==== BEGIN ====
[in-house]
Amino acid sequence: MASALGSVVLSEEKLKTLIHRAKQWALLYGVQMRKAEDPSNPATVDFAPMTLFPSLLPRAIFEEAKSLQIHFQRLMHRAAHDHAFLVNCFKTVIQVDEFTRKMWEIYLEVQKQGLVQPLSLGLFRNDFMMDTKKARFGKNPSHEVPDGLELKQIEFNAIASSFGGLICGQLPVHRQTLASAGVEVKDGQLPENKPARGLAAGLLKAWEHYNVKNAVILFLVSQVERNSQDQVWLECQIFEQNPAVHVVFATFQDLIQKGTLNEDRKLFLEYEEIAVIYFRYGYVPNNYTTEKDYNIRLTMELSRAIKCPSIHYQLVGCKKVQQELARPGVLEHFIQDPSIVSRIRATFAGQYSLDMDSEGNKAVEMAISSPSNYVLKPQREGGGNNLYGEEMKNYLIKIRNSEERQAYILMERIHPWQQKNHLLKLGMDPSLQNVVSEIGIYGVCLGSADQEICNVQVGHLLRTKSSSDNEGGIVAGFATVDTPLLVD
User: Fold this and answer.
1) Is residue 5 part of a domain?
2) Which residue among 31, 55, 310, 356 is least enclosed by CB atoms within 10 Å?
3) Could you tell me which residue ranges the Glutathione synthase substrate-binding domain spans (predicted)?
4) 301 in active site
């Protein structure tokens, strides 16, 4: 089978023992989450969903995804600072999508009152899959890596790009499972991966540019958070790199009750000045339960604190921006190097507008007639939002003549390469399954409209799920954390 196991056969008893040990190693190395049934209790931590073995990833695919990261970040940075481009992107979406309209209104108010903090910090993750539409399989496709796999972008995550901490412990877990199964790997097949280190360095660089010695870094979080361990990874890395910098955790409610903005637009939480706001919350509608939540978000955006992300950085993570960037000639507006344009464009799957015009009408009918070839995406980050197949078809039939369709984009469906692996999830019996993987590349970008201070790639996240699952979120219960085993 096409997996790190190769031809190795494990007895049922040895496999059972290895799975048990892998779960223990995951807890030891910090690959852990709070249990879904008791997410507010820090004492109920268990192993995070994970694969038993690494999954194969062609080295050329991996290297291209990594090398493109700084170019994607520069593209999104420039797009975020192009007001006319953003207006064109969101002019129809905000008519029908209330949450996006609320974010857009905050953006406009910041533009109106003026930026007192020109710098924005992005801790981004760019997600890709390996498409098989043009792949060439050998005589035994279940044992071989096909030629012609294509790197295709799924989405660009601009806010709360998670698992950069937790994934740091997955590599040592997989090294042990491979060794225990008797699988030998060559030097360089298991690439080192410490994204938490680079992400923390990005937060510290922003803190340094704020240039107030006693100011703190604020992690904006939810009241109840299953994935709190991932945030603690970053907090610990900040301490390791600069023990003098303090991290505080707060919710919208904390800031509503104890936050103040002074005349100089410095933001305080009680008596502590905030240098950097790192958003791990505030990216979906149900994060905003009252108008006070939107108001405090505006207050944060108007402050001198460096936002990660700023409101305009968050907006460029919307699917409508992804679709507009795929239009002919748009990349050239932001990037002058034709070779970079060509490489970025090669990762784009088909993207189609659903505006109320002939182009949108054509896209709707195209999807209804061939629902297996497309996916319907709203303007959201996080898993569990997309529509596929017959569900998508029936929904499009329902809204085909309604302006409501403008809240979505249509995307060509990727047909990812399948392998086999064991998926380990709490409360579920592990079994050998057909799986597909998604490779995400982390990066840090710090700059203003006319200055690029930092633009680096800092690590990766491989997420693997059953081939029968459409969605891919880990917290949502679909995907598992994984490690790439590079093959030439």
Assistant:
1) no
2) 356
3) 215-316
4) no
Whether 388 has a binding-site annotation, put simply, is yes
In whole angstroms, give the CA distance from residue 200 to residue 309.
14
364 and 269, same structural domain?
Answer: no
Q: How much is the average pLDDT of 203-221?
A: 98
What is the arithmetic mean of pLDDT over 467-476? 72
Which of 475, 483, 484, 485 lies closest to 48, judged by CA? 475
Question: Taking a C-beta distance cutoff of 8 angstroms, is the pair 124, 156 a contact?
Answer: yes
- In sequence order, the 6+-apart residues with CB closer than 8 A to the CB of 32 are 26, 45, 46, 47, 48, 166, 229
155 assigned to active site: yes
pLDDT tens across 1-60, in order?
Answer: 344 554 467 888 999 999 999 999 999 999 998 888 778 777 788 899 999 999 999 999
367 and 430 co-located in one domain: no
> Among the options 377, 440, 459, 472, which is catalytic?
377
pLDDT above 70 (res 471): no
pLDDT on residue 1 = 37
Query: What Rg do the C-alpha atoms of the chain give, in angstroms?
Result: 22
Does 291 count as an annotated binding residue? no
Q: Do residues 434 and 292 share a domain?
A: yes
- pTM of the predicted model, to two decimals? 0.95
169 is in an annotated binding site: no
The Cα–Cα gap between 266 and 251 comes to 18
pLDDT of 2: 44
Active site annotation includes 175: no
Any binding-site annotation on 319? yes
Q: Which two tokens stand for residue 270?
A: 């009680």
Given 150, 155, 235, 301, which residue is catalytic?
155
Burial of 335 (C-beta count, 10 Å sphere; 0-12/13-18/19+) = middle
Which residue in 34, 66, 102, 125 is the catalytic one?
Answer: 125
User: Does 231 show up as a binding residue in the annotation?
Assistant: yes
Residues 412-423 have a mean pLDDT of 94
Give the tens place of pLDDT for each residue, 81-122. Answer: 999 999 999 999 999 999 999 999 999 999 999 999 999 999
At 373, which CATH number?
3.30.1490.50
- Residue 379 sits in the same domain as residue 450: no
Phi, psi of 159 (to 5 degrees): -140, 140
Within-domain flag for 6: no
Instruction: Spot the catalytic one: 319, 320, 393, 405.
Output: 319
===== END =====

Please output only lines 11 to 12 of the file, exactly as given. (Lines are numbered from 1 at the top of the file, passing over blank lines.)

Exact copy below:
2) 356
3) 215-316